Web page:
JC: Is the validity of labour ‘contested’? It seems more like a belief that some labour was valid is shown to be false. Thus there is an epistemic problem – there is an uncertainty, a void that disrupts capital. I think it is important to allow as much of capitalism to happen, without the intervention of politics – this means we can separate out as clearly as possible exactly what the political moment is – I think it is the action of  subject… is the action of subject ‘contesting the validity of labour’? resisting the relations of production? Or are these just normal aspects of a system built on the opposition between classes? capitalism is the struggle that constitutes it – the political moment has to be an action against this whole struggle, not a ‘side’ within it.
SAM: Decent enough question, but yes.  Capitalism is [in my reading] a constant imposition, none of Marx’s categories in Vol 1 are complete in and of themselves except as social relations.  Social relations exist in the reality between subjects.  Refusal by the subject is a coming into history, not complete as it doesn’t exist within social relations of actual human history, but it is an expression of active subjectivity.  For example, the “work in” is a refusal of the imposition of manager’s right to manage, wage labour, and the factory system.  Work ins within capitalism obviously don’t by themselves throw off the totality of social relations, but, as a part of that totality they contest capitalism as pre-figurative forms of future human relations.  There is no structuralist totalisation of a social formation, as in the last instance, social relations are produced immediately by people.  This then lets us get at ideas of struggles that are non-transformative (ie: the length of the working day) or struggles that are transformative (the abolition of “work” as such in capital) or may be transitionally transformative (a demand for a working day so short that it would threaten capital’s reproduction).  Some struggle is comprehensible within Capitalism as a social relation: trade unions for example.  Some struggles negate not only capitalism in an immediate sense, but threaten to negate the antagonism of capital by transcending it.  Why does there have to be an especial “political” moment if I’m taking politics-vs-economics correctly here.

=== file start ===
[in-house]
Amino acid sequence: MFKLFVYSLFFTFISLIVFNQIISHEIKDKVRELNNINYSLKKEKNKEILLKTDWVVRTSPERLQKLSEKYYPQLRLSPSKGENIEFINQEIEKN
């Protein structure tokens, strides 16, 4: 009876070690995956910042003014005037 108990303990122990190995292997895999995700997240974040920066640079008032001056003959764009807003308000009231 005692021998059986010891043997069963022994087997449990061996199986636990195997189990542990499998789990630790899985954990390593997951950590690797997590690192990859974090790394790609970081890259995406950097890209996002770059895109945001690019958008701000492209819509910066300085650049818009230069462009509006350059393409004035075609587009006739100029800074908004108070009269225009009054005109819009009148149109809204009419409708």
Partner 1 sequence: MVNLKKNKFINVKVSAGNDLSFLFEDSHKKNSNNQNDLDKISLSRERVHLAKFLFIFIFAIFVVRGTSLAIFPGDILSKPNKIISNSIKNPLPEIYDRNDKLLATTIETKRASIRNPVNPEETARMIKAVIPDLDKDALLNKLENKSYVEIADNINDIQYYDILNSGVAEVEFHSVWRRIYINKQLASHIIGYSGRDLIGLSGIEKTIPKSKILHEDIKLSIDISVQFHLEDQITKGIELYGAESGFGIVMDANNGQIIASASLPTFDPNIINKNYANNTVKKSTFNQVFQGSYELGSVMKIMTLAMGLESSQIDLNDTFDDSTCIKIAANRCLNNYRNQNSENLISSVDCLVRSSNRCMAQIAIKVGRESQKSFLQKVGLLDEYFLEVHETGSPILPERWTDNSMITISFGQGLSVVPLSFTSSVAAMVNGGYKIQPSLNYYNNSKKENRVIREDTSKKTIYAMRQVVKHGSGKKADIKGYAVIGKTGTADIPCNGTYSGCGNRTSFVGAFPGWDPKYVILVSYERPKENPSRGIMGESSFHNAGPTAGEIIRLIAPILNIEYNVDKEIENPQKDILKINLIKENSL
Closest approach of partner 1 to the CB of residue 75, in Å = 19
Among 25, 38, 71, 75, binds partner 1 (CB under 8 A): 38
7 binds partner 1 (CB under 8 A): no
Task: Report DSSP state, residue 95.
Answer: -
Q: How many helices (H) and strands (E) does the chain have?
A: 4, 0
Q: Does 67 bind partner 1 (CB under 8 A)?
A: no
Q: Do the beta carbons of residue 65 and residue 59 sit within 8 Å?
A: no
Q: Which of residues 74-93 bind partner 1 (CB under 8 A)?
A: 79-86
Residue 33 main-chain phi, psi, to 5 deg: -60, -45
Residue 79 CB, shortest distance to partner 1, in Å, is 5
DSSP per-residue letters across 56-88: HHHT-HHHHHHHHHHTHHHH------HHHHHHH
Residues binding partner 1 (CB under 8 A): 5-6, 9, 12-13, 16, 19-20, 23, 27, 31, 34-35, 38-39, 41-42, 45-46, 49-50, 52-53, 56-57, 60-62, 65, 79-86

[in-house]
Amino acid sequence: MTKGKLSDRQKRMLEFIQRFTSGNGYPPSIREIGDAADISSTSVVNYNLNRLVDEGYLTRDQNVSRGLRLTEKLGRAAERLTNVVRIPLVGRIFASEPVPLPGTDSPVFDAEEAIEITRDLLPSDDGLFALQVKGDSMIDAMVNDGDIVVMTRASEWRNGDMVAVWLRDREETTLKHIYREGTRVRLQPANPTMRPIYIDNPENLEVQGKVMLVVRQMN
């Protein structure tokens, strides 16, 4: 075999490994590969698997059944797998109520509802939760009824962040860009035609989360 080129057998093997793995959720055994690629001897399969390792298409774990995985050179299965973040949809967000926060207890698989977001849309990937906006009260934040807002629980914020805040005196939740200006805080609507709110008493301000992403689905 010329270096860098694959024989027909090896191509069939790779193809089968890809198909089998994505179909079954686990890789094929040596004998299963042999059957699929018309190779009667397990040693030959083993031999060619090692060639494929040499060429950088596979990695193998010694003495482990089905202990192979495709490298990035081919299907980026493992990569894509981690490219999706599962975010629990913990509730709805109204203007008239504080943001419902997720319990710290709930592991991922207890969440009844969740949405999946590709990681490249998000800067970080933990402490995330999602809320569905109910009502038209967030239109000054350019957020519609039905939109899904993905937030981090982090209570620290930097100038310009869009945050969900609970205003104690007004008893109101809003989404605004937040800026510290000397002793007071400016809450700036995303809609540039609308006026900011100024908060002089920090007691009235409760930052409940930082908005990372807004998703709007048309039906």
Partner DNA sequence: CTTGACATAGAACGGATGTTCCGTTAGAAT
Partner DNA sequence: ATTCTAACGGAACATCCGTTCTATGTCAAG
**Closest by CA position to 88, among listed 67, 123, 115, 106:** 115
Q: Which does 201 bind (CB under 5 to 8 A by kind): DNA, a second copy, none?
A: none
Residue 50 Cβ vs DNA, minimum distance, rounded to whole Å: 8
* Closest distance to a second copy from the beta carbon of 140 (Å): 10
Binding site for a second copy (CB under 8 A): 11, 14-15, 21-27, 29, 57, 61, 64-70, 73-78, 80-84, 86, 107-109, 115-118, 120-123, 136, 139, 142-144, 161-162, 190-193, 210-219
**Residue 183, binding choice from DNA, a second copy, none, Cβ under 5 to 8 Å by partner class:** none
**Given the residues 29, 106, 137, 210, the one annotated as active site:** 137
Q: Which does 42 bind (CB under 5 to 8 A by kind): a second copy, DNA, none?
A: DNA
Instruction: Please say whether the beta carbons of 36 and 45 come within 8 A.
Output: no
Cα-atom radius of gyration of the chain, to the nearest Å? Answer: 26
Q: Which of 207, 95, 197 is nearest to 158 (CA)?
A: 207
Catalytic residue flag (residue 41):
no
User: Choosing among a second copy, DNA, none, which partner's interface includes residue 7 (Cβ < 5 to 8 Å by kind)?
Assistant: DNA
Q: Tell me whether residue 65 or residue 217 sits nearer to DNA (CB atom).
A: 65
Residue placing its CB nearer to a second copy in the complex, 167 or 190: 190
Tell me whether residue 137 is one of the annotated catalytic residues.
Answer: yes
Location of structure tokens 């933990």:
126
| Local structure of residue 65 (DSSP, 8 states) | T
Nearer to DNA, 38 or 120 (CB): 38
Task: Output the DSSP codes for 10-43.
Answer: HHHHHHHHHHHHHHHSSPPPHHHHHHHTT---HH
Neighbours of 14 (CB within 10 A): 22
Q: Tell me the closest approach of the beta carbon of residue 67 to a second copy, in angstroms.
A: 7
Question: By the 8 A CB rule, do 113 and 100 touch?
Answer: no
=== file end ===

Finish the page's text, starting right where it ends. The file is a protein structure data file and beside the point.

2 Responses to “Some Discussion of Labour…”

  1. 1 Jonathon Collerson 4 July 2010 at 6:14 am

    1. I generally agree with your comments on use-value, in your reply. I don’t think there is any disagreement there. But I think we should underline that use-values are not values in Marx’s sense.

    2. Hmmm. Post 1930s Political Economy. I can imagine all sorts of Sectors with all sorts of names and numbers. I think the attempt to say Marx didn’t give enough depatments demonstrates a misunderstanding of the political in Capital II – the supposed non-(or less)-political volume of capital.

    3. I think reality is a constant imposition. I think the issue here isn’t, is capitalism ontologially a political – not ‘economic’ – object, but instead what are subjects and who has capitalism imposed on them, and who recreates the relations of production and so on. Who are we talking about? For exampleyou say: “Social relations exist in the reality between subjects.” What do we mean by ‘subject’ here? My view is that the idealist interpretation says “we are all subjects” as though subjectivity is some inherent property of being human (a particular sort of animal). I think the materialist interpretation of the subject says that a subject is something between us – entre nous. I is something that exists separately to our animality. More later.

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Reading Capital in Sydney records reading notes on Marx's Capital I, II and III, and other bits and pieces.